Millennials ditching graduate jobs at big firms in favour of founding startups, research suggests
The number of young entrepreneurs in the UK is soaring as millennials shun graduate jobs at large firms to go it alone, new research suggests.
There are now 311,550 company directors under the age of 30, up from 295,890 just two years ago, according to accountancy firm Moore Stephens.
Some twenty-somethings may have initially joined the startup economy because of a dearth of well-paid jobs in the years following the financial crisis, but many now see the idea of founding their own company as more prestigious than joining a big firm, Moore Stephens said.
Previous generations of university leavers broadly saw graduate jobs at major financial or professional services giants as the most desirable option. But that’s no longer the case, according to the accountancy firm.
It suggests that another major contributing factor is likely to be improvements to and reliability of technology. Many startups rely heavily on digital channels to build brand awareness and reach new customers. Reductions in the cost of technology, such as server space, mean that it is now cheaper to launch a tech company than it was a decade ago.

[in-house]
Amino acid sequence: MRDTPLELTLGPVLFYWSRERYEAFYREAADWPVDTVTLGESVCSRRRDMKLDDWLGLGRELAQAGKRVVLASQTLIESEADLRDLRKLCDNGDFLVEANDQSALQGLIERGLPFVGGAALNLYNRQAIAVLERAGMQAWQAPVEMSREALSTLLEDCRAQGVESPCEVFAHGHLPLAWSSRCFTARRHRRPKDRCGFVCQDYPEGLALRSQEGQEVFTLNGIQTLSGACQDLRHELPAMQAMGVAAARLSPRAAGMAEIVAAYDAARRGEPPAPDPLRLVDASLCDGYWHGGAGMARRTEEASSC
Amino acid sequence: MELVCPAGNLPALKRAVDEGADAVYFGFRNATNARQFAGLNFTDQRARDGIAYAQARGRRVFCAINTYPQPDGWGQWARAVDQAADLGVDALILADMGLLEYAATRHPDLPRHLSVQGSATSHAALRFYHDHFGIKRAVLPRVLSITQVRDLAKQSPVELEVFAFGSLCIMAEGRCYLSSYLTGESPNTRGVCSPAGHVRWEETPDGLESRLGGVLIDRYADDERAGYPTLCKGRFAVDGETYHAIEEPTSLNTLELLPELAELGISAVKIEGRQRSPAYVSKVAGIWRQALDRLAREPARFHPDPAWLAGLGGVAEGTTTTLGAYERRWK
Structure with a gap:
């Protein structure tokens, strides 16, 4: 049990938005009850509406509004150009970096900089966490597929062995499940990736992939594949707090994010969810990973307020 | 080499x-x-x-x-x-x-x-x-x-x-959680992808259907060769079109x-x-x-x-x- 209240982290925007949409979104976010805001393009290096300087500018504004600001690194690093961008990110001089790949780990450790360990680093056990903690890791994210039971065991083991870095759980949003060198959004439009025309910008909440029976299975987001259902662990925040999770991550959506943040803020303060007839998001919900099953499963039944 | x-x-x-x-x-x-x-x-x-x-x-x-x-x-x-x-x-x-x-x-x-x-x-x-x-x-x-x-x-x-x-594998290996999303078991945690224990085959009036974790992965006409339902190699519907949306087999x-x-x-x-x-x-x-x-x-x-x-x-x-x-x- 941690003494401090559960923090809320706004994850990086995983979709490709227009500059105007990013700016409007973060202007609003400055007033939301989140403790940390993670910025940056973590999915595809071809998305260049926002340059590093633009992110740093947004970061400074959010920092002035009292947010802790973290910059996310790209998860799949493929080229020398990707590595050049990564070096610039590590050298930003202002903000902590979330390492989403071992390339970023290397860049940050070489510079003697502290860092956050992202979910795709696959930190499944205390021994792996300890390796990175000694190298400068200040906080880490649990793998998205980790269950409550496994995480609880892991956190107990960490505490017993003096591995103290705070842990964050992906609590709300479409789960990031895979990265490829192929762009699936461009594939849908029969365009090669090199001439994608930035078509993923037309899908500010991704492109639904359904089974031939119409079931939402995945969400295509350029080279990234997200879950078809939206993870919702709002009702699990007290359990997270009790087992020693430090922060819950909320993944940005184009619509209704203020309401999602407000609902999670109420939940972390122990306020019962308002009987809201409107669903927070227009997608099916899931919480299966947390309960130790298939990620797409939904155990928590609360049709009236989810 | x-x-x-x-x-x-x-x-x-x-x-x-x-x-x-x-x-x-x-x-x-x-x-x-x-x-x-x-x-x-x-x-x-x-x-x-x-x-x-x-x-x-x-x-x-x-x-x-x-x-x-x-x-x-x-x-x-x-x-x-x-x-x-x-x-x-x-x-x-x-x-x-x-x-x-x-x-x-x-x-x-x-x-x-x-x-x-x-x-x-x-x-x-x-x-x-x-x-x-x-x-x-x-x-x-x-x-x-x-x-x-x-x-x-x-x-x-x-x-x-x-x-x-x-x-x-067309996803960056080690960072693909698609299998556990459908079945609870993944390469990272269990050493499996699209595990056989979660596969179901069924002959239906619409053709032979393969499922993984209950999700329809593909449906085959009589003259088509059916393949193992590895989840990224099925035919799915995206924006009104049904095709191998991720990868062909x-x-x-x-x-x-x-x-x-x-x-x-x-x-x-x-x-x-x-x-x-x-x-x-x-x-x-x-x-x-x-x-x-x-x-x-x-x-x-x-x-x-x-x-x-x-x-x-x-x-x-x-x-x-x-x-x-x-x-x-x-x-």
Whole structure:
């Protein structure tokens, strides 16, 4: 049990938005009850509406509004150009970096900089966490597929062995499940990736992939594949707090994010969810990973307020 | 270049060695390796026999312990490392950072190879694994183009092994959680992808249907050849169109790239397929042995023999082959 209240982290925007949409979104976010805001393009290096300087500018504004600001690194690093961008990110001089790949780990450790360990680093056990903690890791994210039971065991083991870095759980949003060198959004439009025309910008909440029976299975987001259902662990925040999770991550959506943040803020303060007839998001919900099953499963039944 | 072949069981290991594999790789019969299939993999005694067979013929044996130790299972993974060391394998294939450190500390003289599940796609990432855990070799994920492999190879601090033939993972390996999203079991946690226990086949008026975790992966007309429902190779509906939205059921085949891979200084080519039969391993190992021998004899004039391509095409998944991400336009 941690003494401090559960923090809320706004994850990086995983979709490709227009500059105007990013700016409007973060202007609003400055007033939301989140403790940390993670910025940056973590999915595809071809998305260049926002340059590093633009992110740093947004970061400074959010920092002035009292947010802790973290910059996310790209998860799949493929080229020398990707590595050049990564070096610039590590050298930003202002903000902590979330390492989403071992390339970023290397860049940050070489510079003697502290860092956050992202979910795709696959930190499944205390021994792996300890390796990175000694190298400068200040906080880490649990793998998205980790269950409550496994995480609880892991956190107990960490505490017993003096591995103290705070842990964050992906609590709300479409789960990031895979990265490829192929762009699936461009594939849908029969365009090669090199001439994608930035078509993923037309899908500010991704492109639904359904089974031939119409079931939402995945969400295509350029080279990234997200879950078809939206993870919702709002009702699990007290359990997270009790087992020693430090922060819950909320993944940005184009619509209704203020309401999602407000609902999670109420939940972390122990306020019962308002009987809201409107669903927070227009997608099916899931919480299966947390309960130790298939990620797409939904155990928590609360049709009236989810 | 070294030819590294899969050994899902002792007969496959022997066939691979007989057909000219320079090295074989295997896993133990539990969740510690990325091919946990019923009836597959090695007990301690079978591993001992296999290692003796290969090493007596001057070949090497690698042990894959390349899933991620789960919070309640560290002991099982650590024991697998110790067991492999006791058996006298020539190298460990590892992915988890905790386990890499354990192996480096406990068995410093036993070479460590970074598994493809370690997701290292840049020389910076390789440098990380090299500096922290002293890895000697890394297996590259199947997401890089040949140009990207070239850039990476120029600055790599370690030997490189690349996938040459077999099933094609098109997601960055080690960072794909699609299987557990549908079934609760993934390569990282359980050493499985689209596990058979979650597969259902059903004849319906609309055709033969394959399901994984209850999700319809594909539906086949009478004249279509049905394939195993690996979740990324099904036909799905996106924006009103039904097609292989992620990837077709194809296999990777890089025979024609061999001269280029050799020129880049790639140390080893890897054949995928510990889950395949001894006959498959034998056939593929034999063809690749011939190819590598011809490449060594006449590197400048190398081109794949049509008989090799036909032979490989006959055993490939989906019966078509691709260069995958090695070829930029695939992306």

Successful examples of the trend towards entrepreneurialism include 23-year-old Steve Bartlett, who founded a major European influencer marketing agency called Social Chain, in 2014. Today, it claims to be able to make anything trend on Twitter within 30 minutes.
Jack Rivlin, a 27-year-old Cambridge graduate, founded online news network The Tab whilst still at university, which last month received £4.6m in funding from investors including Rupert Murdoch’s News Corp.
“The financial crisis in many ways gave rise to ‘generation startup’,” said Mark Ayres, partner and head of Moore Stephens’ startup programme, Hatched.
“Highly intelligent and motivated graduates faced an incredibly tough time finding a job in the years following the recession in 2008.
“Many decided to take matters into their own hands and start their own companies – often challenging and disrupting the status quo.
“Of course, a major contributing factor to this has been the rise of machine learning, artificial intelligence and blockchain technologies.
“Technology gives entrepreneurs – no matter who they are or where they come from – instant access to millions of potential customers across the globe.”
Written by Ben Chapman and published by The Indepenedent